Microsoft considered buying Slack a messaging app for teams “that is on a mission to make your working life simpler, more pleasant, and more productive” for $8 billion as an acquisition move, but later stepped down to focus more on developing Skype.
The acquisition discussion led by Qi Lu, Microsoft’s executive vice president of applications and services, according to a TechCrunch report. Lu oversees all productivity, communications, education, search and other information services at Microsoft.
What’s Slack? – as described on the App Store
All your team communication in one place. A new way to get more done, spend less time in meetings, and reduce email. That’s Slack.
• Real time messaging and file sharing for one-to-one and group conversations
• Powerful search and archiving, so you can find information easily
• Hundreds of integrations with apps and services including Dropbox, Asana, Google Drive, Twitter, Zendesk and more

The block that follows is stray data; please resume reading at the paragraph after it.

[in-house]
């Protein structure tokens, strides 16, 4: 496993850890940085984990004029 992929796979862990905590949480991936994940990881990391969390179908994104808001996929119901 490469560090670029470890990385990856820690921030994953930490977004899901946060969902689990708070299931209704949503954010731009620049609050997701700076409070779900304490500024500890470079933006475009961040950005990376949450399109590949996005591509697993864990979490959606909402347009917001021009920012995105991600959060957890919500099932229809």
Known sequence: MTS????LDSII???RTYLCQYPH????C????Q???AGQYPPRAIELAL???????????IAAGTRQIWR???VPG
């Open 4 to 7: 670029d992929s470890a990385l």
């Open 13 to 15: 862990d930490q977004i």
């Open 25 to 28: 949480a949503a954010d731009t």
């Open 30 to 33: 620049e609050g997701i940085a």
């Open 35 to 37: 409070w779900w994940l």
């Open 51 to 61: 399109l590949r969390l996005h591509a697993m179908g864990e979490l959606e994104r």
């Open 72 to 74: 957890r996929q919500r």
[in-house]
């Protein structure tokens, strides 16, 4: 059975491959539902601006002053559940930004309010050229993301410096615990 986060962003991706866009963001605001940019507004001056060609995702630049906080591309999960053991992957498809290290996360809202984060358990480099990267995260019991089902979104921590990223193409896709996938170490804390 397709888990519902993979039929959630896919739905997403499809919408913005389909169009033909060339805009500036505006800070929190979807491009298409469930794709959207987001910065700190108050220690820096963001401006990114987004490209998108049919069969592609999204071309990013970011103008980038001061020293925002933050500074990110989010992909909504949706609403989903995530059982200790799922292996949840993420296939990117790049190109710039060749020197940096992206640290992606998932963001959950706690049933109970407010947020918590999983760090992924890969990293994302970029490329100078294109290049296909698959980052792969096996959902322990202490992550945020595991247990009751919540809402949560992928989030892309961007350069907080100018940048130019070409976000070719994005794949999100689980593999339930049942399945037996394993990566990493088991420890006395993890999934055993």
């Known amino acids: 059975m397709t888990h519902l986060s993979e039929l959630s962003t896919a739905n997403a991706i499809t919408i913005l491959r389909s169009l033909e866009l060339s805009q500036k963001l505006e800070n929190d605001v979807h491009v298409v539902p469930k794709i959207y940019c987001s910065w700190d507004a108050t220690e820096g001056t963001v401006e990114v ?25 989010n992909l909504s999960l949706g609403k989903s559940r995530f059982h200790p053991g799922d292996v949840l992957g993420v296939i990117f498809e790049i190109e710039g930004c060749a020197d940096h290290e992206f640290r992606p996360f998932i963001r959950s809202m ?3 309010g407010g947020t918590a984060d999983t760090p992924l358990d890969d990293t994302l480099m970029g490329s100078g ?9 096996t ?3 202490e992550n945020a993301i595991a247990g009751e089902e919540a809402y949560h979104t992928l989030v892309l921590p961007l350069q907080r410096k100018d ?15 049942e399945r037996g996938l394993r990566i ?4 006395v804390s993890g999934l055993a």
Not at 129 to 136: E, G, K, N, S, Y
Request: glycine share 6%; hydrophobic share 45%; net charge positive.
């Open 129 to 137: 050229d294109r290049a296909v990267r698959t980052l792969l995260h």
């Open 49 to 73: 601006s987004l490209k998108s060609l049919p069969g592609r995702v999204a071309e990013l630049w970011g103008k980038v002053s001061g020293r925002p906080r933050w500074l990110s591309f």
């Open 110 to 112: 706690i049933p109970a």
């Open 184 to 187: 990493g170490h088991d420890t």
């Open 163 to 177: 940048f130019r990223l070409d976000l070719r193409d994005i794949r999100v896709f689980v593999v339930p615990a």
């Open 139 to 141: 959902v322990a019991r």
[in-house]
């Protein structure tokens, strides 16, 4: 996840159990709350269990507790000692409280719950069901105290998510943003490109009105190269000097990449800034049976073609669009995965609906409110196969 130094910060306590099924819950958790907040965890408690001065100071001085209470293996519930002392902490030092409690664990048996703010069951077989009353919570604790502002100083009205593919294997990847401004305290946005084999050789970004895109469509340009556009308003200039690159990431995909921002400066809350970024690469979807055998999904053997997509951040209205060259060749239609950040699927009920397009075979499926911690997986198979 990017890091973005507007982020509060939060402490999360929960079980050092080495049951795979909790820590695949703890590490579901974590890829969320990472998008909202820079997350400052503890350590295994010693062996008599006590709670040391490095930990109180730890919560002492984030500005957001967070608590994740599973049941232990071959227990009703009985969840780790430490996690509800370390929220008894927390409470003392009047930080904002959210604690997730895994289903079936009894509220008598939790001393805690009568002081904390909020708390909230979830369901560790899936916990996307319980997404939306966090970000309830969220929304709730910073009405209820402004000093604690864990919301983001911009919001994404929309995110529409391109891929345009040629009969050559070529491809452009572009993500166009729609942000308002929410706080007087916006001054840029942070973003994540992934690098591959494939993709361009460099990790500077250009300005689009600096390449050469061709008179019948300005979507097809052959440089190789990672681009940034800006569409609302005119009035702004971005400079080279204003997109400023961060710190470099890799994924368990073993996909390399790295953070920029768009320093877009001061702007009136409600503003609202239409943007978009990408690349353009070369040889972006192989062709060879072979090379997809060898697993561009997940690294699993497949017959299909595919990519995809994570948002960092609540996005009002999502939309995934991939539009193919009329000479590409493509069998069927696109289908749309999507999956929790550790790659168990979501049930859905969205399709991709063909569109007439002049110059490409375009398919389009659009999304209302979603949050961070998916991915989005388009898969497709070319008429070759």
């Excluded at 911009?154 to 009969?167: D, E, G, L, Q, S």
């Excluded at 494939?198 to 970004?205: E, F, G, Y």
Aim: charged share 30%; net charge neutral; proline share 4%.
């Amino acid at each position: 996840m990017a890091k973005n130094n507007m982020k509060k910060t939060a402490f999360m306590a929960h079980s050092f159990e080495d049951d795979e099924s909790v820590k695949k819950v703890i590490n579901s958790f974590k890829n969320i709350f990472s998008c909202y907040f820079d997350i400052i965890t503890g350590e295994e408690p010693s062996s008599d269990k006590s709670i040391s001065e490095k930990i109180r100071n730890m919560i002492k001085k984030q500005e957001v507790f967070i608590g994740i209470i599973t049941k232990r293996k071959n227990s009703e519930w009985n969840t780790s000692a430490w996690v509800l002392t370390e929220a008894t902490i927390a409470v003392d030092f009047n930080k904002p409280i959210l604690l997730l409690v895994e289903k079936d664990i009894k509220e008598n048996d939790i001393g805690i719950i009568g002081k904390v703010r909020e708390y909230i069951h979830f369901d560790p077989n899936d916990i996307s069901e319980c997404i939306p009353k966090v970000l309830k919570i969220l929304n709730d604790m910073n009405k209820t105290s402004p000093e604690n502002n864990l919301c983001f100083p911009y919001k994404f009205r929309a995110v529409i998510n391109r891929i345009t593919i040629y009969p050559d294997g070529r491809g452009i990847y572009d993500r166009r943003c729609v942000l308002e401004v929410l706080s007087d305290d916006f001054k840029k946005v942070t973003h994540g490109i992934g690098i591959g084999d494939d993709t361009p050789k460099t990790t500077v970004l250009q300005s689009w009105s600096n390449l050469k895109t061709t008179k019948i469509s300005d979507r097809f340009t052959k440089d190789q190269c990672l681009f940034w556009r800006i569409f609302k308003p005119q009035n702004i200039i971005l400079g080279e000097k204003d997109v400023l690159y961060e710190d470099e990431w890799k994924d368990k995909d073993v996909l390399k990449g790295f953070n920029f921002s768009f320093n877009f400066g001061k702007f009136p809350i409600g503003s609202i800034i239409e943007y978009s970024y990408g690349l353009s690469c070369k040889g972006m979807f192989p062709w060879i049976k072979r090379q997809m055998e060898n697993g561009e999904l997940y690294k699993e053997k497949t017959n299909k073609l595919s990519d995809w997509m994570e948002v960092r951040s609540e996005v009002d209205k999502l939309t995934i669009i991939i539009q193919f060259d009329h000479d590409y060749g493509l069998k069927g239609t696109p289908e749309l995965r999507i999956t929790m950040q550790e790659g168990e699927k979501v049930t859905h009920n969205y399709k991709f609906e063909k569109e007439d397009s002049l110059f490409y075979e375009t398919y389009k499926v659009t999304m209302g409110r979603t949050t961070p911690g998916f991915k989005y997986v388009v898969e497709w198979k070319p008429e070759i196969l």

• Instantly syncs across all devices
• Configurable notifications for desktop, mobile, and email
• Scientifically proven (or at least rumored) to make your working life simpler, more pleasant, and more productive
Microsoft co-founder Bill Gates and CEO Satya Nadella were not supportive of the internal campaign to purchase the popular messaging app, so the deal never materialized. Instead, the company is pushing to make Skype more competitive in the enterprise collaboration services market. Microsoft had already acquired SharePoint, Yammer and Lync to bolster that ambition.
Bizjournals via Techcrunch